Thomas Jefferson

Thomas Jefferson

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(1743-1826)

In Brief:

Thomas Jefferson was a follower of the Enlightenment. He became famous as the main author of the Declaration of Independence and went on to become the third president of America. He had many talents including as a horticulturist, political leader, architect, archaeologist, paleontologist and  inventor.

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Thomas Jefferson
(1743-1826)


(Born April 13, 1743, at Shadwell, Virginia; died July 4, 1826, Monticello)

Family

His father Peter Jefferson was a successful planter and surveyor (an occupation shared with George Washington) and his mother Jane Randolph a member of one of Virginia’s most distinguished families. Having inherited a considerable landed estate from his father, Jefferson began building Monticello when he was twenty-six years old. Three years later, he married Martha Wales Skelton, with whom he lived happily for ten years until her death. Their marriage produced six children, but only two survived to adulthood. Jefferson, who never remarried, maintained Monticello as his home throughout his life, always expanding and changing the house. Jefferson inherited slaves from both his father and father-in-law. In a typical year, he owned about 200, almost half of them under the age of sixteen. About eighty of these lived at Monticello; the others lived on adjacent Albemarle County plantations, and on his Poplar Forest estate in Bedford County, Virginia. Jefferson freed two slaves in his lifetime and five in his will and chose not to pursue two others who ran away. All were members of the Hemings family; the seven he eventually freed were skilled tradesmen.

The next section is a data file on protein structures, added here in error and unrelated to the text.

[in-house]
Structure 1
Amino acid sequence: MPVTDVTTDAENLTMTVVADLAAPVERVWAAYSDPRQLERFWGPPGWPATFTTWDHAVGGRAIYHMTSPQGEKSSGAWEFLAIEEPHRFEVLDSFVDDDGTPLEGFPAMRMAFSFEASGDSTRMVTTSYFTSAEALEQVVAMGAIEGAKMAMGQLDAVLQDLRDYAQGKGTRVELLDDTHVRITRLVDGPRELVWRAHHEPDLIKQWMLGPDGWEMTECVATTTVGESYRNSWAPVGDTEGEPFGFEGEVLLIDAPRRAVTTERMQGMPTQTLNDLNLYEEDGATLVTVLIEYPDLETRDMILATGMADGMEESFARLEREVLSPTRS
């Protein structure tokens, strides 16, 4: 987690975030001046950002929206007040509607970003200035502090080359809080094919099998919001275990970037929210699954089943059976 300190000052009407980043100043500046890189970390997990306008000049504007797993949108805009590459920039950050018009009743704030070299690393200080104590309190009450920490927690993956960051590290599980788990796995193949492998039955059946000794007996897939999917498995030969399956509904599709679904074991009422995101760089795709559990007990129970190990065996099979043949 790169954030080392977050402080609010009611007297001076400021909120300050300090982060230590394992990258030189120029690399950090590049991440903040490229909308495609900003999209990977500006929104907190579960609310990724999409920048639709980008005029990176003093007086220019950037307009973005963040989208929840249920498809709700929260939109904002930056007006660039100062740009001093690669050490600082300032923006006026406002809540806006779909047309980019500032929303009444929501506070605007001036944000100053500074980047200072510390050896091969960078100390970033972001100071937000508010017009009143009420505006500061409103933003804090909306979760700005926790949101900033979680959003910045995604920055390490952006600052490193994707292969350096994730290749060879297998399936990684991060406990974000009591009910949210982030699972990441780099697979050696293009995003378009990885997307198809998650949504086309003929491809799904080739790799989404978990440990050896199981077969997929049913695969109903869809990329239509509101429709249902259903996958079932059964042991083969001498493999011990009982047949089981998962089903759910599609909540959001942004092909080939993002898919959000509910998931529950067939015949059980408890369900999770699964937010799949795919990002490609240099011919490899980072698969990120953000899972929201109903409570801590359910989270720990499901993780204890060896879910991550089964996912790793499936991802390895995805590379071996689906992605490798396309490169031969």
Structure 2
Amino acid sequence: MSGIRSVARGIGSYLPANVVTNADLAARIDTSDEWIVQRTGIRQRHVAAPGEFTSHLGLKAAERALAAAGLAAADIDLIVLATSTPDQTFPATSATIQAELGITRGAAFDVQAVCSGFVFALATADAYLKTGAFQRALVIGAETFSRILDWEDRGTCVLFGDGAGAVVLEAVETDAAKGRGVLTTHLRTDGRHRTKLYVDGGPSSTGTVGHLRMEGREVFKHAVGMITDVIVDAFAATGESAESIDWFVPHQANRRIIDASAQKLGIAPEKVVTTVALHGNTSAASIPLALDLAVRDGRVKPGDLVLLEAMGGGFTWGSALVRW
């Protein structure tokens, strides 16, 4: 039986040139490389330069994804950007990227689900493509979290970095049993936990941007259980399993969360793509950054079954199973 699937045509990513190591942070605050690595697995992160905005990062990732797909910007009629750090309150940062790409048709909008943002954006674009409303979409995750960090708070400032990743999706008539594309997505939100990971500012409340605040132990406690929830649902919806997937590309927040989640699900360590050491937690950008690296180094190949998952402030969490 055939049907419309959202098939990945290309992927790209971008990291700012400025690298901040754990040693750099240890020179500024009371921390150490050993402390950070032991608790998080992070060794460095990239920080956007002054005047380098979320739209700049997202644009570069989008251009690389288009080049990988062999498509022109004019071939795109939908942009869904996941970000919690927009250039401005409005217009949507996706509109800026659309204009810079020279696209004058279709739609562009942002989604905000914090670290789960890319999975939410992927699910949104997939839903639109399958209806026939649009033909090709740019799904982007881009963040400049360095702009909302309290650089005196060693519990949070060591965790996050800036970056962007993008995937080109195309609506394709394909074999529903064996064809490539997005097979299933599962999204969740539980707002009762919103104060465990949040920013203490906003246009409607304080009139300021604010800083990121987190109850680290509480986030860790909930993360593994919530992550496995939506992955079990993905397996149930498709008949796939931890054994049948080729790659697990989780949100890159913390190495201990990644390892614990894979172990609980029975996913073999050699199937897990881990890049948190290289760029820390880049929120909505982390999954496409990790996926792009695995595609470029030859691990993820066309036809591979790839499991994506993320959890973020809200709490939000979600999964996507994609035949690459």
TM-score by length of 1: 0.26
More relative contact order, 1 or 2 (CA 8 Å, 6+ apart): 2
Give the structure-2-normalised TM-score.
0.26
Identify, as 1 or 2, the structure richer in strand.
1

Education and Profession

Having attended the College of William and Mary, Jefferson practiced law and served in local government as a member of the House of Burgesses in his early professional life. As a member of the Continental Congress, he was chosen in 1776 to draft the Declaration of Independence, The document proclaims that all men are equal in rights, regardless of birth, wealth, or status, and that the government is the servant, not the master, of the people.After Jefferson left Congress in 1776, he returned to Virginia and served in the legislature. Elected governor from 1779 to 1781.During the brief private interval in his life following his governorship, Jefferson wrote Notes on the State of Virginia. In 1784, he entered public service again, in France, first as trade commissioner and then as Benjamin Franklin’s successor as minister. During this period, he  studied European culture, sending home to Monticello, books, seeds and plants, statues and architectural drawings, scientific instruments, and information.

In 1790 he accepted the post of secretary of state under his friend George Washington. His tenure was marked by his opposition to the pro-British policies of Alexander Hamilton. In 1796, as the presidential candidate of the Democratic Republicans, he became vice-president after losing to John Adams by three electoral votes.

Four years later, he defeated Adams and became president.

Later Years